Tag Archives: sewing tutorials

Skirt Sew Along Part 2: Darts

Today is a shorter task, but we will work on zippers next which may be a challenge for some of you. Today we will take a look at sewing our darts. Those were the V shapes we marked into our fabric last time.

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First you will fold your fabric down the center of the dart matching your markings on both sides. Make sure you have your fabric right sides together while you do this.

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Now, sew along the marking from top to bottom.

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This is what your dart should look like. I am using white thread so it is more visible for pictures, but you will probably want to use a color that matches your fabric.

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Take the thread tail located at the bottom of the dart and tie a few knots in it. That reinforces it, and is less bulky than trying to reverse on a dart to anchor it. Repeat this dart sewing for the remaining three darts on your skirt.

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When unfolded, your darts should look like this on your skirt front piece.

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Press your darts toward the center of the garment. In general you always press darts toward the center unless the directions specify other wise. As you can see above I laid my skirt back pieces next to each other to help myself visualize which way would be center.

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As you can see the blue skirt is still mirroring the pink skirt. We will start showing differences in finishes on the next post.

Skirt Sew Along

I just love a skirt in the summer. Nothing fancy or lined, I just want a plain old skirt to wear. A-line is my favorite shape, and Butterick 4461 is my favorite pattern. It’s not too fancy. I can dress it up or down, and it is so much cooler to wear than shorts or pants in these hot Houston summers.

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I made this version last year for the rodeo and got a ton of compliments. I used a Texas wildflower print by Michael Miller Fabrics.

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I made this version this winter while wishing for spring. Sadly, I have already gotten to wear it and am wishing summer away.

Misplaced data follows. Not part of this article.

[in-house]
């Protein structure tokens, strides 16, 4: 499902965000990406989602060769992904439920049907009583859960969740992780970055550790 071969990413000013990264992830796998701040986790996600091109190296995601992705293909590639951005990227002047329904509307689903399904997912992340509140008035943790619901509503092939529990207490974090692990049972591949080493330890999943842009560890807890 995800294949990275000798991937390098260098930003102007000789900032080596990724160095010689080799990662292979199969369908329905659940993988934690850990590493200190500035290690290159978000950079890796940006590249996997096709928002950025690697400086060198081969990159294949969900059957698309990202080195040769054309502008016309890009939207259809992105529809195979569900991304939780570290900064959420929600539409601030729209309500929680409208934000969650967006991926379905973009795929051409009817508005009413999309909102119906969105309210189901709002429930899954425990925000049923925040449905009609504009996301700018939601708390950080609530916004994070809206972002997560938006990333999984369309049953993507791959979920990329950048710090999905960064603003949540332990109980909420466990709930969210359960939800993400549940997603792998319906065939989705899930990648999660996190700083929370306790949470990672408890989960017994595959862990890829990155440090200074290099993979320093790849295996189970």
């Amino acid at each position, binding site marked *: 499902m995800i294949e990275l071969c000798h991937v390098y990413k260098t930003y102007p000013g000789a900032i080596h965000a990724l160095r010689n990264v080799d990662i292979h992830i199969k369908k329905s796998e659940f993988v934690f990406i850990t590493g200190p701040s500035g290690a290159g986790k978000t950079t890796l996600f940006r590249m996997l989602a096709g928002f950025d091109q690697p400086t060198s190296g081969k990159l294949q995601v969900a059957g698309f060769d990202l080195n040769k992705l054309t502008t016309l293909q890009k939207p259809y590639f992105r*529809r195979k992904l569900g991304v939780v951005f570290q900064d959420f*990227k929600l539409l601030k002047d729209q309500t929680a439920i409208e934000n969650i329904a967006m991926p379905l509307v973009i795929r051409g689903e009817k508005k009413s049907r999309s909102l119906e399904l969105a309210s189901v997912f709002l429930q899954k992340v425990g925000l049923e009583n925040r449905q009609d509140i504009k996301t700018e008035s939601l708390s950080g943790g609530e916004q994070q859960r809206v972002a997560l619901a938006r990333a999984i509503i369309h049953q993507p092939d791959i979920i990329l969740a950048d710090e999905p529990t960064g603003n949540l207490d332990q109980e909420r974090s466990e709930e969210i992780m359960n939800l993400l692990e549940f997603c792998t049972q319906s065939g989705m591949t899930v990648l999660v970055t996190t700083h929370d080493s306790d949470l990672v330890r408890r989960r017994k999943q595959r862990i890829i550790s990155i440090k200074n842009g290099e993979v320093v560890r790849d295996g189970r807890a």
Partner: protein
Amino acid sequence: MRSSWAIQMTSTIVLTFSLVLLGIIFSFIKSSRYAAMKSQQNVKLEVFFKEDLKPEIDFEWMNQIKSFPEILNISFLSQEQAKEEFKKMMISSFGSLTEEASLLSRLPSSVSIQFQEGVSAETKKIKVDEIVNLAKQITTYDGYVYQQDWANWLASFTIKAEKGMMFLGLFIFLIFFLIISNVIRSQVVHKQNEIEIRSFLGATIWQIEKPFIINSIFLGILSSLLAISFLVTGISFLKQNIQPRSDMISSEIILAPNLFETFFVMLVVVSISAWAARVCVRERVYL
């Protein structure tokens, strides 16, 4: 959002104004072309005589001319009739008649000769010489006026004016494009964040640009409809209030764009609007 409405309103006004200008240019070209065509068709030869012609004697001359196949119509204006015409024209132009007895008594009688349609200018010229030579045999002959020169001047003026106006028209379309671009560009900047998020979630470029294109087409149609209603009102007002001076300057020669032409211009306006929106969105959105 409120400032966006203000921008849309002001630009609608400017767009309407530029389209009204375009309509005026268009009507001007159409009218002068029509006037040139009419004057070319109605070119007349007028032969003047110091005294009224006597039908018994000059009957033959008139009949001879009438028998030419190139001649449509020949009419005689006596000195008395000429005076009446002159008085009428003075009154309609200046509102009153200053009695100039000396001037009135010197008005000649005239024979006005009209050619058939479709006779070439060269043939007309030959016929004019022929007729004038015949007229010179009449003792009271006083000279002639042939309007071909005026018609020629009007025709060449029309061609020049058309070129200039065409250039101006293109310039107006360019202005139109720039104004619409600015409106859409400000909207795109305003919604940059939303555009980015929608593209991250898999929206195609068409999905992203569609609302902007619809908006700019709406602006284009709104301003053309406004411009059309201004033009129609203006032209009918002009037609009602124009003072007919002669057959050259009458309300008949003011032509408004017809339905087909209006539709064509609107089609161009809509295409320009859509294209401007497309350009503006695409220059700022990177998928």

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I made this version around the same time. Sadly my iron wigged out and burned a hole through it. Le sigh. It was really beautiful.

I was thinking of the best way to do a sew along. Butterick 4461 the first skirt I ever made, so a very beginner could do it, but now I like fancy seams and new techniques that I would like to share. Here is what I came up with: I am making two versions of the skirt. The blue one will be a skirt that uses more advanced techniques. The pink one will be a version that uses very basic techniques that a beginner would benefit from.

Think of it this way, have you ever gotten an exercise video and the crazy buff trainer in front says if you are having any difficulty you can follow the one person doing a low impact workout? The pink skirt will be low impact and the blue one will be all out. You will be able to switch techniques I show on both skirts, and maybe you can teach me a thing or too.

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Low impact pink skirt.

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Advanced technique blue skirt. Isn’t it cute?

I know A-Line skirts are not for everyone. If you have a simple skirt with zipper in another shape, you may be able to follow along as well. I’m happy to try to answer any questions you have about this. In the meantime go get your pattern and fabric. As for zippers I will show how to do both an in seam zipper and an invisible zipper, so go nuts!